- Operating current higher than the pickup setting
- Absence of polarising current to the relay
- Relay seeing open breaker status
- When these conditions are met, the protection will operate for the internal fault 
Figure 4: Directionality check (angle between polarising and operating quantities)
When the generator breaker is open and an internal fault is present conditions before operating:
Figure 5: Generator breaker open and an internal fault is present
Testing REF protection
REF protection can be tested with a test set capable of providing at least two current sources to replicate the residual current and the neutral current. Figure 6 shows the connections between a Megger SMRT test set and the relay under test. Connections are made from SMRT current channels to the IA phase terminal and the IN terminal on the relay. Since residual current is calculated by vector summation of all the three phase currents, the current injected to just one of the phases will be equivalent to the residual current seen by the relay. One of the test set’s binary inputs is connected to the relay output contact to allow monitoring of the operation of the protection element.
These are examples of settings related to REF protection in the example relay under test:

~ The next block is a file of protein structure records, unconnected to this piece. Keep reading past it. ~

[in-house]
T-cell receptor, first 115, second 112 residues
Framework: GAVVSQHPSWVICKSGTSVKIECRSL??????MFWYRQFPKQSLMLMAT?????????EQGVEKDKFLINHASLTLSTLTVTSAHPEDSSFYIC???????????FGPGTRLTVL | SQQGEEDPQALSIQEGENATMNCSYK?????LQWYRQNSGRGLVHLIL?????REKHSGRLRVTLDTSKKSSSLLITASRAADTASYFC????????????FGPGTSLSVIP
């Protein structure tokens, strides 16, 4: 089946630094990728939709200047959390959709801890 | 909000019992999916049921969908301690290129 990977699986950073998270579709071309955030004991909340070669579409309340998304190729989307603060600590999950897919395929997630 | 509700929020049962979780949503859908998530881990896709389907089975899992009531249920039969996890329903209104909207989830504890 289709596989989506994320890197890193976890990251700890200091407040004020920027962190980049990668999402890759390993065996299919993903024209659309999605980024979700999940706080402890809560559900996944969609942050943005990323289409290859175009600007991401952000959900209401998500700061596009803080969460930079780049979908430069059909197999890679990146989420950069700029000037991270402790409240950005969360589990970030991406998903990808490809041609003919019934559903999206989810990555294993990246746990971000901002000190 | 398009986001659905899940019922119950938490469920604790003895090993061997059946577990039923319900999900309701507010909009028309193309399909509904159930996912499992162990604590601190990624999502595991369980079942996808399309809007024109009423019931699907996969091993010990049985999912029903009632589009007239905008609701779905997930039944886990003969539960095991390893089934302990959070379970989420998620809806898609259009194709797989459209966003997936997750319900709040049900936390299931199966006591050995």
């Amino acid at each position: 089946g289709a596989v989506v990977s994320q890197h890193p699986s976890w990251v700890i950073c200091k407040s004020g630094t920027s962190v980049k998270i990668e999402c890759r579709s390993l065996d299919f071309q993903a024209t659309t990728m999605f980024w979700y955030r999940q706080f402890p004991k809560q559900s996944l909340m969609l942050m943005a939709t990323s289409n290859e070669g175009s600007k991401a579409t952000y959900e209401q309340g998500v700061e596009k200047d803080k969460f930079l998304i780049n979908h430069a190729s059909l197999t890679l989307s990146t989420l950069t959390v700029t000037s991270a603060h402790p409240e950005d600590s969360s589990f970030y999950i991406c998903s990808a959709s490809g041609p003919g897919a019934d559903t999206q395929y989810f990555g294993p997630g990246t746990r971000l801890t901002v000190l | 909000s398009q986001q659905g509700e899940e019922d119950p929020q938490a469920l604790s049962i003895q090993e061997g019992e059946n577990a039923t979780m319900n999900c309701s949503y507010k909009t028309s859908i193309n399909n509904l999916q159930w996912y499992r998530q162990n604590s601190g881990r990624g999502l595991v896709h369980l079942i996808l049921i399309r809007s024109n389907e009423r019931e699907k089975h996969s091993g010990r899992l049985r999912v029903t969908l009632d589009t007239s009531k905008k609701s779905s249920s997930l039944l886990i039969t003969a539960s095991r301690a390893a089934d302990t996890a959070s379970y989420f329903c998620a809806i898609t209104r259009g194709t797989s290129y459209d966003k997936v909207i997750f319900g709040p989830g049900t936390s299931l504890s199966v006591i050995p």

- CT Ratio (Neutral) = 100
- CT Ratio (Phase) = 500
- REF Pickup setting = 0.4 pu
Figure 6: Test connections
Pickup tests need to be performed to verify the thresholds for the operating and polarising quantities. The operating quantity is the current injected into the neutral terminal and the polarising quantity is the current injected into the phase terminal. To perform the operating quantity pickup test, the per-unit setting needs to be converted to amps. The tester must also program appropriate digital signals in the relay output contact to monitor the operating pickup.
- Op pickup (in amps) = (per-unit REF pickup setting) * (nominal secondary)
- Op pickup (in amps) = 0.4 * 5 = 2 A
To perform the pickup test on the example relay, a current step ramp was conﬁgured with the start value as 85 % of the pickup value and step increments of 0.01 A.
When the current to the neutral terminal reached around 2.01 A, the relay output contact operated indicating pickup. Similarly, to test the polarising quantity pickup, the per-unit setting needs to be converted to amps. Appropriate digital signals should also be programmed in the relay output contact to monitor the polarising pickup. In this relay, the residual current seen by the relay should be at least 80 % of the REF pickup setting for the relay to pick up.